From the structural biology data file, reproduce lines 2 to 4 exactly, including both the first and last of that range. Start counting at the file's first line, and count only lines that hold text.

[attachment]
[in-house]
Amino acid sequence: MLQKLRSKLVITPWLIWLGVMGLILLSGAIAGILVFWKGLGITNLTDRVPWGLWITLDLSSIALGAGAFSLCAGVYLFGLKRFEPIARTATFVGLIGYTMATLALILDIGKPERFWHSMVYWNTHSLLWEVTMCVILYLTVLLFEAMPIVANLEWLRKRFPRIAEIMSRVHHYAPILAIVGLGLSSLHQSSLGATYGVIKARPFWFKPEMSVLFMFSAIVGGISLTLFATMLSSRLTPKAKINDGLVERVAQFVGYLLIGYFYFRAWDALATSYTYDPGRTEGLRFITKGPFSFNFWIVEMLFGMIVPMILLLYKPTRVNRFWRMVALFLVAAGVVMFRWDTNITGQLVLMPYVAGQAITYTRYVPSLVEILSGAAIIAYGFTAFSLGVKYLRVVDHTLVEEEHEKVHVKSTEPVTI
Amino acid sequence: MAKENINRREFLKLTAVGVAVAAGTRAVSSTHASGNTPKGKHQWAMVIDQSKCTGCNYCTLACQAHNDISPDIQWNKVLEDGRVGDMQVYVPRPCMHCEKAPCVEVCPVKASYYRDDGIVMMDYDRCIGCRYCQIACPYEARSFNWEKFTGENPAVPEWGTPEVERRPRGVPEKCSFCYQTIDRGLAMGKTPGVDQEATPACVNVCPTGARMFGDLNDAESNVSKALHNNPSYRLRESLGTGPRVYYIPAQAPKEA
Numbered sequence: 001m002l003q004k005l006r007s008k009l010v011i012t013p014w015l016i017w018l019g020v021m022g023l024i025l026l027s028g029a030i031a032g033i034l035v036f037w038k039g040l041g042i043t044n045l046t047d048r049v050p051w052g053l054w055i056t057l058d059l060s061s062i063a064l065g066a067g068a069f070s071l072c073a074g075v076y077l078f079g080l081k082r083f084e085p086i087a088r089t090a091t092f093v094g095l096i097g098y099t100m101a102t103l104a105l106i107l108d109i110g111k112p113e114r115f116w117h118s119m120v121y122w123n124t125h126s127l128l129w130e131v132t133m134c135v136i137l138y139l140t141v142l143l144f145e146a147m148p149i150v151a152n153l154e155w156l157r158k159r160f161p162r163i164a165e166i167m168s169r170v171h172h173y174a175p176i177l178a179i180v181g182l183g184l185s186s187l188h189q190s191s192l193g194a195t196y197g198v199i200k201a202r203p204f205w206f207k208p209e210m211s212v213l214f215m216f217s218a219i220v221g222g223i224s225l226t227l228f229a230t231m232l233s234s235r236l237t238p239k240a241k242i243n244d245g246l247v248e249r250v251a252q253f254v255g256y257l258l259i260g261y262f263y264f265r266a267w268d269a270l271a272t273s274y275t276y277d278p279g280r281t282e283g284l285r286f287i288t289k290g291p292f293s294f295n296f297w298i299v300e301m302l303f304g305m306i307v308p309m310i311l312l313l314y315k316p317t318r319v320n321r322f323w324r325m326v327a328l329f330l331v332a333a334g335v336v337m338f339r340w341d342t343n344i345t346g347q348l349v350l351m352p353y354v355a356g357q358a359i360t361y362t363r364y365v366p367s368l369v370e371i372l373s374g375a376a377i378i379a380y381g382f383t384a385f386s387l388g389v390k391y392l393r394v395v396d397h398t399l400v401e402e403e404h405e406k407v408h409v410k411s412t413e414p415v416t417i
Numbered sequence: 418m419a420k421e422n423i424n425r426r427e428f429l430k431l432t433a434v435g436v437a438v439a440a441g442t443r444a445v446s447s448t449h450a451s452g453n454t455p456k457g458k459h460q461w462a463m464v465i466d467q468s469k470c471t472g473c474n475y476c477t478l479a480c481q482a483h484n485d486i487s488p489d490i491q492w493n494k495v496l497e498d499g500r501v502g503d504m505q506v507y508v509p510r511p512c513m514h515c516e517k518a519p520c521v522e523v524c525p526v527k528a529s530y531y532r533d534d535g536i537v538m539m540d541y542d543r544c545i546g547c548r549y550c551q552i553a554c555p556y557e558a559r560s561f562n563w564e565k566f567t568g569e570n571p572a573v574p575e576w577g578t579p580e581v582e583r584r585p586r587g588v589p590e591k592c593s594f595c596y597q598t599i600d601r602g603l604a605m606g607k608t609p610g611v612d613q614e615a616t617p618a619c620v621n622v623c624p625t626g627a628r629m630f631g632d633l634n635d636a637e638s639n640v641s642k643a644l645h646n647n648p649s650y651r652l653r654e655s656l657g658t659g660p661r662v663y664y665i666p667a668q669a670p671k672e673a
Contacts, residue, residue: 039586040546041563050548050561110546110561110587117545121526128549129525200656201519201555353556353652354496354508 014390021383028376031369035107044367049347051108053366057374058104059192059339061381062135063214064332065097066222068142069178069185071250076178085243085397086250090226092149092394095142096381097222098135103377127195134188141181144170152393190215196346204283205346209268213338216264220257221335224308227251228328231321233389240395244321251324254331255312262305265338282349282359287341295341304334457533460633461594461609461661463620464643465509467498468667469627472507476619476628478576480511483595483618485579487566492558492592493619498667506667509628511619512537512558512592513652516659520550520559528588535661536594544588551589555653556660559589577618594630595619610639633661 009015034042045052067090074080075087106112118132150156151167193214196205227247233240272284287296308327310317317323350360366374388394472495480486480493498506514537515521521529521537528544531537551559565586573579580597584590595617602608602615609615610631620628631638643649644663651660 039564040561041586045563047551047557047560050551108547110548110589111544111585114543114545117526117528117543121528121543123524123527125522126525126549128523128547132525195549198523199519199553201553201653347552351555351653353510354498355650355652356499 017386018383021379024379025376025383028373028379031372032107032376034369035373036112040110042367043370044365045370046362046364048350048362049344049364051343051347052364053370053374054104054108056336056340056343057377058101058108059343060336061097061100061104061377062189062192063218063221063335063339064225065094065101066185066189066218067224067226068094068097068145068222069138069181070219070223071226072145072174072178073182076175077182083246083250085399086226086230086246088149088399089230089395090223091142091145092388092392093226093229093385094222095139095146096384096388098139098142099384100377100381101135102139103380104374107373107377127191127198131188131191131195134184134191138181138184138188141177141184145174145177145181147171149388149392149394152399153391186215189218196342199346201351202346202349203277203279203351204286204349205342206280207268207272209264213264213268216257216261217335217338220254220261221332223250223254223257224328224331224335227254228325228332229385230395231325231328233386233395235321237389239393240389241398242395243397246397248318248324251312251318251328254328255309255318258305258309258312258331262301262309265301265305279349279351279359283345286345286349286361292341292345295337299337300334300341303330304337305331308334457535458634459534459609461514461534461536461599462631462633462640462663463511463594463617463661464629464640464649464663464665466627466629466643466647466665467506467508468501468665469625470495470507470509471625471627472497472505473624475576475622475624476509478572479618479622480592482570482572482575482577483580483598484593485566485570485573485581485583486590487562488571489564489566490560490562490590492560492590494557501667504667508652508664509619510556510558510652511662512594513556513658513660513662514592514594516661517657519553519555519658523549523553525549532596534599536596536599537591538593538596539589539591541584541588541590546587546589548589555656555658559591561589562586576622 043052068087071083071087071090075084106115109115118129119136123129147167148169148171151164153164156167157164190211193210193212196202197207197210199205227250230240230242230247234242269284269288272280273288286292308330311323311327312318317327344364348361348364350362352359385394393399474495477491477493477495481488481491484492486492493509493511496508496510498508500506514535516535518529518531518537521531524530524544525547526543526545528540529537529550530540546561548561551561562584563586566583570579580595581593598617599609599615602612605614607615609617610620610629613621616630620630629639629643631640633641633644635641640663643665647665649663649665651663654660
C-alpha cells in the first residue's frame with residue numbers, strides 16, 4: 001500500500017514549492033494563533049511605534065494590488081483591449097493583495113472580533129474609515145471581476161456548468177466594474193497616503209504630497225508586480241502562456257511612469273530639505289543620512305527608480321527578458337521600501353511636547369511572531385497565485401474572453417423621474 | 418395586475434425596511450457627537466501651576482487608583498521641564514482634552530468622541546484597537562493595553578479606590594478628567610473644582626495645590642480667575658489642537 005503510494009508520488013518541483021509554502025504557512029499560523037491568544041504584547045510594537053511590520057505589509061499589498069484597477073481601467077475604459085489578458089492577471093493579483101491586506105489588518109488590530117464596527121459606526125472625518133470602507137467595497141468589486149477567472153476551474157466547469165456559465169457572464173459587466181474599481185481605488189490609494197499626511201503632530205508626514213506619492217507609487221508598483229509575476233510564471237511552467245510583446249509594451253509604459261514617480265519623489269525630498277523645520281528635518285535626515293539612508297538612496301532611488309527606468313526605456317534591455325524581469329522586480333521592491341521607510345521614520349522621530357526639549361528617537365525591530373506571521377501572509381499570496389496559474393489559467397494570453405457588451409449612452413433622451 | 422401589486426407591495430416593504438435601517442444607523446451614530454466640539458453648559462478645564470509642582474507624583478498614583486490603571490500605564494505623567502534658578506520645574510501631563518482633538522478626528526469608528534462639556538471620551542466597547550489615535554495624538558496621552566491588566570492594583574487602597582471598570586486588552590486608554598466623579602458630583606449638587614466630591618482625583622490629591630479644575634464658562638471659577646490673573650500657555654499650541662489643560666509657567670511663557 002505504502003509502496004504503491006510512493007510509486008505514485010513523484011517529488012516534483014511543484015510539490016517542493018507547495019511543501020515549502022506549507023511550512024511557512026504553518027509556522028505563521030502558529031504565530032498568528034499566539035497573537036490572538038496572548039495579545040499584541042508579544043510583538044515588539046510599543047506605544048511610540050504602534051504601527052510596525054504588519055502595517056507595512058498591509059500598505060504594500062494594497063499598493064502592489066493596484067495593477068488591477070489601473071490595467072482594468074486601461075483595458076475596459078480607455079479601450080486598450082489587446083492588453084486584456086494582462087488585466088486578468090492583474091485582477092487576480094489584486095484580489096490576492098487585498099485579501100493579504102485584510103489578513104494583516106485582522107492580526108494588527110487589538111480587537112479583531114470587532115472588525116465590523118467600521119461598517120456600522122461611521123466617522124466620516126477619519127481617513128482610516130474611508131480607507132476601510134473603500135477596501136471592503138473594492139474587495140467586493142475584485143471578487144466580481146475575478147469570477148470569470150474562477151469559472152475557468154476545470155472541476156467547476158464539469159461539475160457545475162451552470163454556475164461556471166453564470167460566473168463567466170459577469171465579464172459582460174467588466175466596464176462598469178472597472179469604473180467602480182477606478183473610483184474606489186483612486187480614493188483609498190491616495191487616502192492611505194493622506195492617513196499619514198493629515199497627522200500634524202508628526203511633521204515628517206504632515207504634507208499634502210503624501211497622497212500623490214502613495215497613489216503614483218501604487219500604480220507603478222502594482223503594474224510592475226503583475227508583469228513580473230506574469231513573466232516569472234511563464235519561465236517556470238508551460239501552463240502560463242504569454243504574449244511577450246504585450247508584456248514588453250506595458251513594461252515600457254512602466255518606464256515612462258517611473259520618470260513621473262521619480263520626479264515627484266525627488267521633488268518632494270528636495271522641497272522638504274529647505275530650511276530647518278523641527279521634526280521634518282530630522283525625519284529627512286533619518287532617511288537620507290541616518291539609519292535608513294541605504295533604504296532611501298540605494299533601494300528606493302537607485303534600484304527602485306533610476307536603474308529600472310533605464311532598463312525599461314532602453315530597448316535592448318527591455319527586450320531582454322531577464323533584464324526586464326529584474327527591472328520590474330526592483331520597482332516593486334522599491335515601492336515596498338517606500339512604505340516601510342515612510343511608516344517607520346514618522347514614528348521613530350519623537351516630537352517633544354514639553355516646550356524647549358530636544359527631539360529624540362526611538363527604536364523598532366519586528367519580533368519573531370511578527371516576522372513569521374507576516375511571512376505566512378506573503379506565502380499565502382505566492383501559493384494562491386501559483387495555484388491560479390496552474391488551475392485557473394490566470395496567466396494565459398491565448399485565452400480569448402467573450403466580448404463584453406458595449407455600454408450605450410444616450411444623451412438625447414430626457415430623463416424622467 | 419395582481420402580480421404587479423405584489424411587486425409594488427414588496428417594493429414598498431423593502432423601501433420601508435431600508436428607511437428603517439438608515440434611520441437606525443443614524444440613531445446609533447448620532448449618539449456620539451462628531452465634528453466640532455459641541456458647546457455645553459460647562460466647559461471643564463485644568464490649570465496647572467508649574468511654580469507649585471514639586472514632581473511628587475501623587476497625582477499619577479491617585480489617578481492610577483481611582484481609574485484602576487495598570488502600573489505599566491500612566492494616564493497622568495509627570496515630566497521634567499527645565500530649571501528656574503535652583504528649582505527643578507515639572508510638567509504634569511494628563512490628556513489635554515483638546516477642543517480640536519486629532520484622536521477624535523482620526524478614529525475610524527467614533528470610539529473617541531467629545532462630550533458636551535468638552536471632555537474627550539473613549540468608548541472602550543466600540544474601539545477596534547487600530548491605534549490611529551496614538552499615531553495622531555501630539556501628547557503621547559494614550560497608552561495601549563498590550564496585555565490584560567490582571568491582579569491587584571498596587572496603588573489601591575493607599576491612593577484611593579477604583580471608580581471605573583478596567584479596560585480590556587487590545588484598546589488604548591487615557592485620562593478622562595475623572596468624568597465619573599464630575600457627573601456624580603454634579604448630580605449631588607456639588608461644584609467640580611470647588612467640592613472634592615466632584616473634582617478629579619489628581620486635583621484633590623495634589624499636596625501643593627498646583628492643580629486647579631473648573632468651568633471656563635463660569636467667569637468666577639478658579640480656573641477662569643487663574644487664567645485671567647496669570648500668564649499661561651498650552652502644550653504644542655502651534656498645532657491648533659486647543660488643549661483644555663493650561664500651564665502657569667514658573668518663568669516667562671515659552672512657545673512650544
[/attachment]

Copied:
Amino acid sequence: MLQKLRSKLVITPWLIWLGVMGLILLSGAIAGILVFWKGLGITNLTDRVPWGLWITLDLSSIALGAGAFSLCAGVYLFGLKRFEPIARTATFVGLIGYTMATLALILDIGKPERFWHSMVYWNTHSLLWEVTMCVILYLTVLLFEAMPIVANLEWLRKRFPRIAEIMSRVHHYAPILAIVGLGLSSLHQSSLGATYGVIKARPFWFKPEMSVLFMFSAIVGGISLTLFATMLSSRLTPKAKINDGLVERVAQFVGYLLIGYFYFRAWDALATSYTYDPGRTEGLRFITKGPFSFNFWIVEMLFGMIVPMILLLYKPTRVNRFWRMVALFLVAAGVVMFRWDTNITGQLVLMPYVAGQAITYTRYVPSLVEILSGAAIIAYGFTAFSLGVKYLRVVDHTLVEEEHEKVHVKSTEPVTI
Amino acid sequence: MAKENINRREFLKLTAVGVAVAAGTRAVSSTHASGNTPKGKHQWAMVIDQSKCTGCNYCTLACQAHNDISPDIQWNKVLEDGRVGDMQVYVPRPCMHCEKAPCVEVCPVKASYYRDDGIVMMDYDRCIGCRYCQIACPYEARSFNWEKFTGENPAVPEWGTPEVERRPRGVPEKCSFCYQTIDRGLAMGKTPGVDQEATPACVNVCPTGARMFGDLNDAESNVSKALHNNPSYRLRESLGTGPRVYYIPAQAPKEA
Numbered sequence: 001m002l003q004k005l006r007s008k009l010v011i012t013p014w015l016i017w018l019g020v021m022g023l024i025l026l027s028g029a030i031a032g033i034l035v036f037w038k039g040l041g042i043t044n045l046t047d048r049v050p051w052g053l054w055i056t057l058d059l060s061s062i063a064l065g066a067g068a069f070s071l072c073a074g075v076y077l078f079g080l081k082r083f084e085p086i087a088r089t090a091t092f093v094g095l096i097g098y099t100m101a102t103l104a105l106i107l108d109i110g111k112p113e114r115f116w117h118s119m120v121y122w123n124t125h126s127l128l129w130e131v132t133m134c135v136i137l138y139l140t141v142l143l144f145e146a147m148p149i150v151a152n153l154e155w156l157r158k159r160f161p162r163i164a165e166i167m168s169r170v171h172h173y174a175p176i177l178a179i180v181g182l183g184l185s186s187l188h189q190s191s192l193g194a195t196y197g198v199i200k201a202r203p204f205w206f207k208p209e210m211s212v213l214f215m216f217s218a219i220v221g222g223i224s225l226t227l228f229a230t231m232l233s234s235r236l237t238p239k240a241k242i243n244d245g246l247v248e249r250v251a252q253f254v255g256y257l258l259i260g261y262f263y264f265r266a267w268d269a270l271a272t273s274y275t276y277d278p279g280r281t282e283g284l285r286f287i288t289k290g291p292f293s294f295n296f297w298i299v300e301m302l303f304g305m306i307v308p309m310i311l312l313l314y315k316p317t318r319v320n321r322f323w324r325m326v327a328l329f330l331v332a333a334g335v336v337m338f339r340w341d342t343n344i345t346g347q348l349v350l351m352p353y354v355a356g357q358a359i360t361y362t363r364y365v366p367s368l369v370e371i372l373s374g375a376a377i378i379a380y381g382f383t384a385f386s387l388g389v390k391y392l393r394v395v396d397h398t399l400v401e402e403e404h405e406k407v408h409v410k411s412t413e414p415v416t417i